SEMINOLE COUNTY, Fla. - Seminole County students return to school next Monday, but not without a cloud of controversy now that a
rezoning plan could force many of them to switch schools next year.
And not everyone is happy with the board's decision.
One teacher told WFTV the rezoning is a shock, and it's going to be hard on everyone.
The school board hopes having a year to come up with a plan and to hear from parents will help. But nobody expects this to be easy.
"Rezoning is always upsetting to families. There's no doubt about it," said Walt Griffin,
the Seminole County school superintendent.
The school board and Seminole County parents can
agree. The boards' decision Tuesday night to go forward with districtwide rezoning means elementary school students attending one school when schools reopen on Monday could be attending an entirely new school a year from now.
"We try to teach our kids to go to school, get good grades, get college
scholarships, but then we want to disrupt their whole lives their reaction is going to be 'I don't care. Nobody cares about me so I don't care.' It's not right," said parent Kourtney Pearson.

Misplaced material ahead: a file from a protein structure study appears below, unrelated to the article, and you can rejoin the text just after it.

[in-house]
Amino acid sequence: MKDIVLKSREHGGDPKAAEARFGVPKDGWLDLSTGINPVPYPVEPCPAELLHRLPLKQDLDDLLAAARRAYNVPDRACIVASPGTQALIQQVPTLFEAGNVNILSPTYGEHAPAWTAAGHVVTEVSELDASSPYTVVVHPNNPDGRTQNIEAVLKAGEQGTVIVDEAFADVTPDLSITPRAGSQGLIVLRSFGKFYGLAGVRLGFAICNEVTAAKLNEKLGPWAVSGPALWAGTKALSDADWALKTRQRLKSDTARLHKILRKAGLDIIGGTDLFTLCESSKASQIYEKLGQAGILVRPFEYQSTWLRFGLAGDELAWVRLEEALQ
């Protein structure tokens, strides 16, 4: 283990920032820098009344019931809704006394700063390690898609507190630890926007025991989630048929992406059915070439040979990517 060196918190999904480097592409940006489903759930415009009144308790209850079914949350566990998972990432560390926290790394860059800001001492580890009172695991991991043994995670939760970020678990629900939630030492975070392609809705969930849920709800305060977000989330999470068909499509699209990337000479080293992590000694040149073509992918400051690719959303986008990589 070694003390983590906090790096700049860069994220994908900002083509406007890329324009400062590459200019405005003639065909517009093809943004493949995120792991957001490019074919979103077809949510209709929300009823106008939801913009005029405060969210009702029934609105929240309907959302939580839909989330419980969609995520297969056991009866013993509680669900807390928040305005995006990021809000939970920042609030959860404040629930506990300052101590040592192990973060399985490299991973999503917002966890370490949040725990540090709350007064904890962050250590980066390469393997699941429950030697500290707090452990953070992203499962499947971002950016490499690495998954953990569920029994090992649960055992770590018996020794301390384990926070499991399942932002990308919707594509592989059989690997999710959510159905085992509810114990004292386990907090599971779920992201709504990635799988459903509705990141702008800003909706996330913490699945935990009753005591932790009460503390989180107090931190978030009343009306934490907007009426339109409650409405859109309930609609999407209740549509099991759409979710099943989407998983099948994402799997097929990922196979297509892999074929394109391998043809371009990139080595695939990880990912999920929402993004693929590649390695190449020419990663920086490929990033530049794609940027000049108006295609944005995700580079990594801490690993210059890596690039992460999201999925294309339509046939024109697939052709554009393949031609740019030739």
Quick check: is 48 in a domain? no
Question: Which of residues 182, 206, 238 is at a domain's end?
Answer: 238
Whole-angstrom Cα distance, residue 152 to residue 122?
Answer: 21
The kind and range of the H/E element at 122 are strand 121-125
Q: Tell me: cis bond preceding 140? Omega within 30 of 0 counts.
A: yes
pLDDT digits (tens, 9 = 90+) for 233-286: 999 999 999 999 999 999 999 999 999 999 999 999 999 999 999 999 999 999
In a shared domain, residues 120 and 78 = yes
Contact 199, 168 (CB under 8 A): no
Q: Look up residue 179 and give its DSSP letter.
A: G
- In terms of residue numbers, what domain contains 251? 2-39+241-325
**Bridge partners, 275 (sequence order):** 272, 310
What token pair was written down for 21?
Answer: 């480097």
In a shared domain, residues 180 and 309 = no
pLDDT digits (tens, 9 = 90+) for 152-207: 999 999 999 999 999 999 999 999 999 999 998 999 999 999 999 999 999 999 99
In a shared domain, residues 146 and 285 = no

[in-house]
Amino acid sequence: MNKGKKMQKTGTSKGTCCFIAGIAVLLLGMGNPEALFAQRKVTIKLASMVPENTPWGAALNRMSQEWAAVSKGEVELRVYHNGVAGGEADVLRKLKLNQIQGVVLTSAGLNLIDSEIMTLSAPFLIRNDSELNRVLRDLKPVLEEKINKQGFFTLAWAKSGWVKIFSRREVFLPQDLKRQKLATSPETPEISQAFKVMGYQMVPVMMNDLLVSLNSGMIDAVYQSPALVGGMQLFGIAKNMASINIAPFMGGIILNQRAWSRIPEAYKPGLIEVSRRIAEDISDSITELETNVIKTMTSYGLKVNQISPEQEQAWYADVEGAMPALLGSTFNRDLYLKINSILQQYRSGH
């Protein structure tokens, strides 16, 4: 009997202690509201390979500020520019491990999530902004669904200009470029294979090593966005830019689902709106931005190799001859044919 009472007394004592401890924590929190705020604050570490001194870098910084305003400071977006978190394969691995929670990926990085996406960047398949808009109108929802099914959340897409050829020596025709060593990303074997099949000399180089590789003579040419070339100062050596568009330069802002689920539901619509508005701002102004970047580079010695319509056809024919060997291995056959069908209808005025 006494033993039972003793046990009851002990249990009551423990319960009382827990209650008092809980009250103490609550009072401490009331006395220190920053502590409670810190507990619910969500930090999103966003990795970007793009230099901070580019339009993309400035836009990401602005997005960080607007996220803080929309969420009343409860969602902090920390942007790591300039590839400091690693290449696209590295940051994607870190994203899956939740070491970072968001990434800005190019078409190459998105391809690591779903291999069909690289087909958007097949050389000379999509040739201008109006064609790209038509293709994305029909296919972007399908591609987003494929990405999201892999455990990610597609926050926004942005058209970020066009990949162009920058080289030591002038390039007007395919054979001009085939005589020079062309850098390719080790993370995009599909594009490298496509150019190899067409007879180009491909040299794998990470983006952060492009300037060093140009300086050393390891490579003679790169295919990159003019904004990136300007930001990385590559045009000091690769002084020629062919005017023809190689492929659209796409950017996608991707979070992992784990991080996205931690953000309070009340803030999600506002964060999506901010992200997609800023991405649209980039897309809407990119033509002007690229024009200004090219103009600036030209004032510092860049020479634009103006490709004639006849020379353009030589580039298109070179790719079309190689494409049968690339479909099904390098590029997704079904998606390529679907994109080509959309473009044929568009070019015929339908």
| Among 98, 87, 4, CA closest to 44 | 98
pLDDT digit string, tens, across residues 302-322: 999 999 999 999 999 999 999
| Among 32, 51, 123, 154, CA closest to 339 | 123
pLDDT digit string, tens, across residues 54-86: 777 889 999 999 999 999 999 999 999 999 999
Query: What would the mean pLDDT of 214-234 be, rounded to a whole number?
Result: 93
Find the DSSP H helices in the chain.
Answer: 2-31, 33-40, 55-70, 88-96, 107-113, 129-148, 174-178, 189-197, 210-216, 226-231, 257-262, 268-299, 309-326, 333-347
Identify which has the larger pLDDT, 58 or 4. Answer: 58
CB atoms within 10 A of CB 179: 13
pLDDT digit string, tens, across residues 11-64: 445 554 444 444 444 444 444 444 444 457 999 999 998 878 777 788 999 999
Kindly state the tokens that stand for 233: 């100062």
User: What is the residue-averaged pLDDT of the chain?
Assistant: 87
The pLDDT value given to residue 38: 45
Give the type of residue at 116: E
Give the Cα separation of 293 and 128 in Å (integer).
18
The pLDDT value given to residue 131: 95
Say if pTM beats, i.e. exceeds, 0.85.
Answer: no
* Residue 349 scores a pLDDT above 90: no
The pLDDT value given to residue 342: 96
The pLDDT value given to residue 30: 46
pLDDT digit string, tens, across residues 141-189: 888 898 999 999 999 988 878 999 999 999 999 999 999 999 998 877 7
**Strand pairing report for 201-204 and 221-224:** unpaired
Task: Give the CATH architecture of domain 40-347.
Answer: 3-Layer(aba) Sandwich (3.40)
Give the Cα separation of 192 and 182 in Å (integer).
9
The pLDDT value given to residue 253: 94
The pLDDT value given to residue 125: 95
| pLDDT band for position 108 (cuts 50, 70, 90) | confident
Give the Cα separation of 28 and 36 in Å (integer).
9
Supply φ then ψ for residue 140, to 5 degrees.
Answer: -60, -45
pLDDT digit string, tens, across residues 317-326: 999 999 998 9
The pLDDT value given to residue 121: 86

And it could affect lots of schools. The problem is overcrowding in schools like Bentley and Crystal Lake and schools running well under
capacity, like Layer.
But the district won't bus kids across the
county. So kids from overcrowded schools would move nearby ones, which could set off a chain reaction of shifting, potentially leading to lots of kids adjusting to new schools.
"Rezoning frequently results in a domino effect. We're going to do everything we can to avoid moving students to schools across the district," said Griffin.
The superintendent said rezoning may mean avoiding closing some schools. And he emphasized that
"all our schools are high quality," so no students will be shortchanged.
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